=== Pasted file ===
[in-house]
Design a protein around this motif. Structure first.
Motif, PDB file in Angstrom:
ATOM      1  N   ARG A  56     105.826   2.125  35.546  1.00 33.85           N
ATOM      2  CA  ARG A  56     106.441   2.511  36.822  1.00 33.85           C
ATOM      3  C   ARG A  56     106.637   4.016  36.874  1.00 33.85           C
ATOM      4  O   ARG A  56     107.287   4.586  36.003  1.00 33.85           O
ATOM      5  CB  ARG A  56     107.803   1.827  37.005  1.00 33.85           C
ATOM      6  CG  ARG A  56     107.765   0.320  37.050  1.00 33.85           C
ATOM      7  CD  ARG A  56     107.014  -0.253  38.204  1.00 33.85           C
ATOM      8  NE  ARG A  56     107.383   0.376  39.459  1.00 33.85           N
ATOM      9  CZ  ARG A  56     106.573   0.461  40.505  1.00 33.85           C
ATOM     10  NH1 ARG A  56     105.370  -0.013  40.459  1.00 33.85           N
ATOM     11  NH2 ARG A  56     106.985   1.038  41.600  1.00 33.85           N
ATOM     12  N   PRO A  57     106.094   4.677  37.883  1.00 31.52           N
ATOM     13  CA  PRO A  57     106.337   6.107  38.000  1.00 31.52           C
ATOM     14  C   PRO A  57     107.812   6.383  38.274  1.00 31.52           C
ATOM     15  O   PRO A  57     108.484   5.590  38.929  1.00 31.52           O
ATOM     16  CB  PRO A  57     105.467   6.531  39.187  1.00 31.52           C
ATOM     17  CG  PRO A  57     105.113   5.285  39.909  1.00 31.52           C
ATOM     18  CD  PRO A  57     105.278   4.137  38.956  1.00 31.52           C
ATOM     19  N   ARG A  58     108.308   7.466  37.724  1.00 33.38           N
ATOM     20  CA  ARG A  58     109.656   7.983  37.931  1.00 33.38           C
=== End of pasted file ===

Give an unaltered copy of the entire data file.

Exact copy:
[in-house]
Design a protein around this motif. Structure first.
Motif, PDB file in Angstrom:
ATOM      1  N   ARG A  56     105.826   2.125  35.546  1.00 33.85           N
ATOM      2  CA  ARG A  56     106.441   2.511  36.822  1.00 33.85           C
ATOM      3  C   ARG A  56     106.637   4.016  36.874  1.00 33.85           C
ATOM      4  O   ARG A  56     107.287   4.586  36.003  1.00 33.85           O
ATOM      5  CB  ARG A  56     107.803   1.827  37.005  1.00 33.85           C
ATOM      6  CG  ARG A  56     107.765   0.320  37.050  1.00 33.85           C
ATOM      7  CD  ARG A  56     107.014  -0.253  38.204  1.00 33.85           C
ATOM      8  NE  ARG A  56     107.383   0.376  39.459  1.00 33.85           N
ATOM      9  CZ  ARG A  56     106.573   0.461  40.505  1.00 33.85           C
ATOM     10  NH1 ARG A  56     105.370  -0.013  40.459  1.00 33.85           N
ATOM     11  NH2 ARG A  56     106.985   1.038  41.600  1.00 33.85           N
ATOM     12  N   PRO A  57     106.094   4.677  37.883  1.00 31.52           N
ATOM     13  CA  PRO A  57     106.337   6.107  38.000  1.00 31.52           C
ATOM     14  C   PRO A  57     107.812   6.383  38.274  1.00 31.52           C
ATOM     15  O   PRO A  57     108.484   5.590  38.929  1.00 31.52           O
ATOM     16  CB  PRO A  57     105.467   6.531  39.187  1.00 31.52           C
ATOM     17  CG  PRO A  57     105.113   5.285  39.909  1.00 31.52           C
ATOM     18  CD  PRO A  57     105.278   4.137  38.956  1.00 31.52           C
ATOM     19  N   ARG A  58     108.308   7.466  37.724  1.00 33.38           N
ATOM     20  CA  ARG A  58     109.656   7.983  37.931  1.00 33.38           C